When You Gotta Stop Running: The Memories, and Pain, Remain - The American Spectator | USA News and Politics
When You Gotta Stop Running: The Memories, and Pain, Remain

It has been more than 15 years since I last ran. I still miss it. Spring has finally arrived, with sunshine and warmth, and I still want to don running shorts and head out. It would be a particular joy while I’m stuck at home, ordered to “shelter in place” by the governor. I doubt I will ever lose the desire.

On a beautiful Sunday in January 2005 with summer-like temperatures in the 70s, I joined two friends for two loops and 10 miles around a nearby lake. The run was glorious, but my knee suffered worrisome discomfort. Nevertheless, I finished, as I always did. The next day I headed out for my usual seven-mile course closer to home and soon experienced excruciating pain. For the first time ever I had to quit, hobbling home. After a plethora of months, doctors, and treatments, I had the problem knee replaced. And was sternly lectured by my surgeon that my running days were over.

How I hated to hear those words.

I was an unlikely convert to running. I never liked sports. In elementary school I ran a couple races without notable enthusiasm or success. My dad encouraged me to try basketball, which I hated. I much preferred picking up a book, preferably on military affairs or political history.

We established a daily routine and ran the Richmond marathon, with a glorious march down Monument Avenue.

In junior high I suffered through gym class and intramural sports. We were divided into teams of “shirts” versus “skins” to play whatever was on the coach’s list that day. I wanted to be anywhere but there.

In high school I no less detested sports. But it was a small place, so I dropped by to see the principal and convinced him to let me take Spanish instead of PE. My friends thought I was nuts, but no matter.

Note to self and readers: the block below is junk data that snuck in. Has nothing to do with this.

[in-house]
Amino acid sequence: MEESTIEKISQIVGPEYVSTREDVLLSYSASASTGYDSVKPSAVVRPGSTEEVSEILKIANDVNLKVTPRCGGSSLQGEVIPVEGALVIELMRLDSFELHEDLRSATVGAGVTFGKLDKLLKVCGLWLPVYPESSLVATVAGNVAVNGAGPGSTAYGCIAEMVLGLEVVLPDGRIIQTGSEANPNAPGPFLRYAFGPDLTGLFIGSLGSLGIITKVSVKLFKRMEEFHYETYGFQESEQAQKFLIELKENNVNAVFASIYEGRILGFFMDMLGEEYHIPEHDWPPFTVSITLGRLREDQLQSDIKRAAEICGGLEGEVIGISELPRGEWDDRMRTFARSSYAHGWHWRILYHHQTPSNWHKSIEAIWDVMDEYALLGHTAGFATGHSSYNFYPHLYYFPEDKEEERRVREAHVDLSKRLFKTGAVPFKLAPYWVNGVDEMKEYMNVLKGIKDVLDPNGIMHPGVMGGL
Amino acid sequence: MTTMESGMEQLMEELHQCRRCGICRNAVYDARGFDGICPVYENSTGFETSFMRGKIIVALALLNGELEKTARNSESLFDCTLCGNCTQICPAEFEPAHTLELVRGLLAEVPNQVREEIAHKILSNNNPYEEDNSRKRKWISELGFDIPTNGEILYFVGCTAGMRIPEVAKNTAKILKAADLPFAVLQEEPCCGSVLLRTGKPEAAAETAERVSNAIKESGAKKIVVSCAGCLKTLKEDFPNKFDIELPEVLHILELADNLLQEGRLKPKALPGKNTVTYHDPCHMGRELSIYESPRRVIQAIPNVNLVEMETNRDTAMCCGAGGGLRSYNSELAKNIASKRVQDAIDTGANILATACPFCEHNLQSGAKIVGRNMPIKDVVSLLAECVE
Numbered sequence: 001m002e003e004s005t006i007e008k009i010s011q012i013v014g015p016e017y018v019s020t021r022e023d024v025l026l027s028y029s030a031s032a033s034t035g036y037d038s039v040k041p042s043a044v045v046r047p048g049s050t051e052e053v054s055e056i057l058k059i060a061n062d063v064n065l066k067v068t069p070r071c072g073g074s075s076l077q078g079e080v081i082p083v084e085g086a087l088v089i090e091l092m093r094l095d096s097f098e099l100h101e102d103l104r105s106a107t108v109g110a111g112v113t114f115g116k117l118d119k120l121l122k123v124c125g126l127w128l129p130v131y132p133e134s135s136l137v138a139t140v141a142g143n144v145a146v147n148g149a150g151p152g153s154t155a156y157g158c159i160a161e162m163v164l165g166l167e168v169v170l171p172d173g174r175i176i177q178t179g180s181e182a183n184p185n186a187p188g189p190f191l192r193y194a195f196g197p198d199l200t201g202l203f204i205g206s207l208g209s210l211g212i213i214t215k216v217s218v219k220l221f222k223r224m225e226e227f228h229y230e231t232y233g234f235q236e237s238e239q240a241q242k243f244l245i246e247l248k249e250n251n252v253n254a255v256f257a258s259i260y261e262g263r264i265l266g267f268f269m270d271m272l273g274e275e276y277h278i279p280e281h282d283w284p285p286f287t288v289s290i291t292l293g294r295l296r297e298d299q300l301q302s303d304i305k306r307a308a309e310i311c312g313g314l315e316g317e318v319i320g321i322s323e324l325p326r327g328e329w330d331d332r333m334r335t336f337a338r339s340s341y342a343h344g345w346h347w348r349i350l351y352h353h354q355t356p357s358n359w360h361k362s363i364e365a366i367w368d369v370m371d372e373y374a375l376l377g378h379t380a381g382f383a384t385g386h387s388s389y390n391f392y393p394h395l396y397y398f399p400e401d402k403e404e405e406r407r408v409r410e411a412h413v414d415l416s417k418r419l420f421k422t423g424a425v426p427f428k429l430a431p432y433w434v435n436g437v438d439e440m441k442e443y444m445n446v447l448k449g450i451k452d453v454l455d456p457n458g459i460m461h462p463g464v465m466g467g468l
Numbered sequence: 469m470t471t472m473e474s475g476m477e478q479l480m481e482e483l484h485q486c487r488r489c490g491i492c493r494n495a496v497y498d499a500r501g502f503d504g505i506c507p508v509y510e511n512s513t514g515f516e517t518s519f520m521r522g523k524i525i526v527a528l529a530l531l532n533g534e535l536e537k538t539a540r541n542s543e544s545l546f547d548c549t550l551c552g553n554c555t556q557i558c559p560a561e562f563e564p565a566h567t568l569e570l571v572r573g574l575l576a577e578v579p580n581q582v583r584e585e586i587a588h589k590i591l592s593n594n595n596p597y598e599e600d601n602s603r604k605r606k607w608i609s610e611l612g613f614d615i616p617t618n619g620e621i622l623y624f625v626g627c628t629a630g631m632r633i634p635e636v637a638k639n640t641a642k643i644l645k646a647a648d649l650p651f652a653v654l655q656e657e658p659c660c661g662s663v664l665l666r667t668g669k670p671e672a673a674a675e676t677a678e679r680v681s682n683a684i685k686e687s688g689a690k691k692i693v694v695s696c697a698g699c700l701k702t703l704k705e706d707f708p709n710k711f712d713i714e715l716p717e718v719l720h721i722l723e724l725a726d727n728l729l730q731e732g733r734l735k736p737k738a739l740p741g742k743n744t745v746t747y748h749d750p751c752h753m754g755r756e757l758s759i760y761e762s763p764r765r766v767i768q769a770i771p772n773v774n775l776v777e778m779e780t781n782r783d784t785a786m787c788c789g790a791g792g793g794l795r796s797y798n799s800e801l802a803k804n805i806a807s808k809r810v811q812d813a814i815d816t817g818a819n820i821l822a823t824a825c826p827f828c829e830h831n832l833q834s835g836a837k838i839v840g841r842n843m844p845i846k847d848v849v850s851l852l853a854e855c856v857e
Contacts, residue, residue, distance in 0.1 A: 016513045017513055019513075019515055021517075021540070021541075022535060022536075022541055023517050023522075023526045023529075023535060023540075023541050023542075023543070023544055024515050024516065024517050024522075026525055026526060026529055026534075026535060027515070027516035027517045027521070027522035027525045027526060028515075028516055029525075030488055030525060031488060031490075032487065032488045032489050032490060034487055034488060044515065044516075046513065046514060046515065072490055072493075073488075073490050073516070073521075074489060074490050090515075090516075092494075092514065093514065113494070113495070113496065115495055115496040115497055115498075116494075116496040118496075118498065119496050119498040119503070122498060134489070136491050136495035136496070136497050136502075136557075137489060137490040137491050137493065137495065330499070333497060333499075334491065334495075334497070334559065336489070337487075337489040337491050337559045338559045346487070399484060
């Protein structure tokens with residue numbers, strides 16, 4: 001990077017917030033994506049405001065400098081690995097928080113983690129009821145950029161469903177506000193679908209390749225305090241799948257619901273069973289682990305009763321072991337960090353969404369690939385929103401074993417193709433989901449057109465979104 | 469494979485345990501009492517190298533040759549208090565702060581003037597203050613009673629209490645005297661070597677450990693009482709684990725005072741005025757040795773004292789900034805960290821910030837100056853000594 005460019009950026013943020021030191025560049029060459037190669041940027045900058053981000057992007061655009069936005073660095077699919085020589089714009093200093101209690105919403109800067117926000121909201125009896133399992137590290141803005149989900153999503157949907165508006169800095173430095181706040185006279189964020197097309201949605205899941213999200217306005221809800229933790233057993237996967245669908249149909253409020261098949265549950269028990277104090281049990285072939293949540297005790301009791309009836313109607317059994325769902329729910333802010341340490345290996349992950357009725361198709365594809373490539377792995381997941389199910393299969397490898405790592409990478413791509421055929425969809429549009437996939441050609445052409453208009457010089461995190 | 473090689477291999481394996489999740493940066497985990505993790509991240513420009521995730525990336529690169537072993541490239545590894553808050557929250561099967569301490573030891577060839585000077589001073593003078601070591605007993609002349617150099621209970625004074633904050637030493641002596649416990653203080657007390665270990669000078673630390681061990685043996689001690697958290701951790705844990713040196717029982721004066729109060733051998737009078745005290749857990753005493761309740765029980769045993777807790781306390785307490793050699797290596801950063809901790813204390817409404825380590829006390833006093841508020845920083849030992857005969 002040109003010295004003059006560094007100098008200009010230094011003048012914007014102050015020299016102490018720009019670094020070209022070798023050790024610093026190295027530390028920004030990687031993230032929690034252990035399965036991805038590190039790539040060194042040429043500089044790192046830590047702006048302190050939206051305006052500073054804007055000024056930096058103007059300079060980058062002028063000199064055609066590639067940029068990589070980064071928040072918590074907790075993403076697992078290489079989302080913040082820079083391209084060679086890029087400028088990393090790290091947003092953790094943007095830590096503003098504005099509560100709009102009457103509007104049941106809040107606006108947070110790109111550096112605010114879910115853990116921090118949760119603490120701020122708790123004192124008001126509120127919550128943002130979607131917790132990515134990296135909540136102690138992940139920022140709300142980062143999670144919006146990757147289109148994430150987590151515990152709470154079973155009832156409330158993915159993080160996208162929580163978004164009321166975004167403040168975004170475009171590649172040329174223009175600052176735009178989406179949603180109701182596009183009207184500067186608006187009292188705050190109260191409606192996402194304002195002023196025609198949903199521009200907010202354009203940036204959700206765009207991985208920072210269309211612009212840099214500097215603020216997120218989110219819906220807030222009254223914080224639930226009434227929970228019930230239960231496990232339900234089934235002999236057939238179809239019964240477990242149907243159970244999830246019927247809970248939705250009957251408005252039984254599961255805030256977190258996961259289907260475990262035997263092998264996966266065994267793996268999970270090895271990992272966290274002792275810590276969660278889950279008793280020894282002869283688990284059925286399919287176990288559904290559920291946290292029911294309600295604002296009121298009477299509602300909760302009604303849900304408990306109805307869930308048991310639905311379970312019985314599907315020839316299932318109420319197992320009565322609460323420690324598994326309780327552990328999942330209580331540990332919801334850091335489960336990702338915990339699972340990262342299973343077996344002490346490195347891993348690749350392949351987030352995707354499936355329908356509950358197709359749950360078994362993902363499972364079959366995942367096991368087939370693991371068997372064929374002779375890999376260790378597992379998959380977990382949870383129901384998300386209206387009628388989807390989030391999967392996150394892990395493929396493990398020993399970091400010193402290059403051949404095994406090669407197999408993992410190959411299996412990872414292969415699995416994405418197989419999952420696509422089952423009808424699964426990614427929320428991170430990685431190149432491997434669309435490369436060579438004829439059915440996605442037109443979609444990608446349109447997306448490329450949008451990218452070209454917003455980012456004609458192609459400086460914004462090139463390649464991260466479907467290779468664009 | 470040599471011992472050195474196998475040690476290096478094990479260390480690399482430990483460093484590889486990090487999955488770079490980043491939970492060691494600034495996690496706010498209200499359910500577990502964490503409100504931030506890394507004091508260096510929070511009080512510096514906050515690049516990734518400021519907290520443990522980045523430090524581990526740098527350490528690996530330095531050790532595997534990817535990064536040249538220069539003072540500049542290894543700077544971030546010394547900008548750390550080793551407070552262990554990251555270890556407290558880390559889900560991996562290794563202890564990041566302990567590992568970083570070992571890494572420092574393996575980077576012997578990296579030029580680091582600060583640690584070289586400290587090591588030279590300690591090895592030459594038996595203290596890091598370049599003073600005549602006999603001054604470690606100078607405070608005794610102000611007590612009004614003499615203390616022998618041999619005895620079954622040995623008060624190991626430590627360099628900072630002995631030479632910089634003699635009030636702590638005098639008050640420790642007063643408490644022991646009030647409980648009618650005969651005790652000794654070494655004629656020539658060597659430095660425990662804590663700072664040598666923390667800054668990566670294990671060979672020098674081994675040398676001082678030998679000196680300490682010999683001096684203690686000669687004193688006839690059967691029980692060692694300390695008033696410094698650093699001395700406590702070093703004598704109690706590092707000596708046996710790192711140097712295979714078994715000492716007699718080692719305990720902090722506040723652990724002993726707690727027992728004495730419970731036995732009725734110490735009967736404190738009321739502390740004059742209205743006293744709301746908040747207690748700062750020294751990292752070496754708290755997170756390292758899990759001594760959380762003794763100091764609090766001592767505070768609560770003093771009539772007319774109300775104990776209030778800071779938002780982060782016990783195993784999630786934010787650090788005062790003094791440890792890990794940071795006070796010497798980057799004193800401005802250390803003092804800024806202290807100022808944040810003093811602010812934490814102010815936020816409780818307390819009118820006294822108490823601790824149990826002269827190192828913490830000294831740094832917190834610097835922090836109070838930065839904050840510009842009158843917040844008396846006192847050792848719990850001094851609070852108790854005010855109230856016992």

My community college inexplicably required four PE classes for graduation. I chose my golf partner carefully; equally awful, we shaved enough shots off our official scores to appear merely bad. Tennis was passable, but I was no better at that sport. Bowling would have been okay if I wasn’t being graded on my ineptitude. Badminton, however … I cannot think of it without cringing. I lost to every other guy in the semester-long round robin. My humiliation was complete. Luckily my compassionate coaches gave me “gentleman B’s,” the only blots on my otherwise straight-A average. I led the campaign to stage a student referendum on eliminating the requirement; a majority voted yes, but the administration paid no notice.

I went on to Florida State University. No one pressured me to play intramural sports or follow the rising football squad. At Stanford Law School I had the same disdain. My girlfriend joined me when she graduated from FSU and insisted on giving football a try. I sat in a state of bemused boredom as she applauded, shouted, waved, and danced. She spared me by not suggesting another season.

But a funny thing happened after my second year in summer 1978. I was clerking for a major Los Angeles law firm and enjoying the good life, as I was wined and dined as part of the continuing recruitment process. There were lots of free lunches and dinners, as well as a well-stocked kitchen, which included free sodas. As any economist will tell you, make something free and the demand will reach infinity, or almost, at least in my case with Coke and Dr. Pepper.

I soon found myself getting, shall we say, “full-figured.” Barely in my 20s and badly overweight, I looked at the firm’s senior partners. Some were in decent shape. Others not so much. I grimaced, thinking that if I’m heavy now, what will I look like in 30 years? It was scary.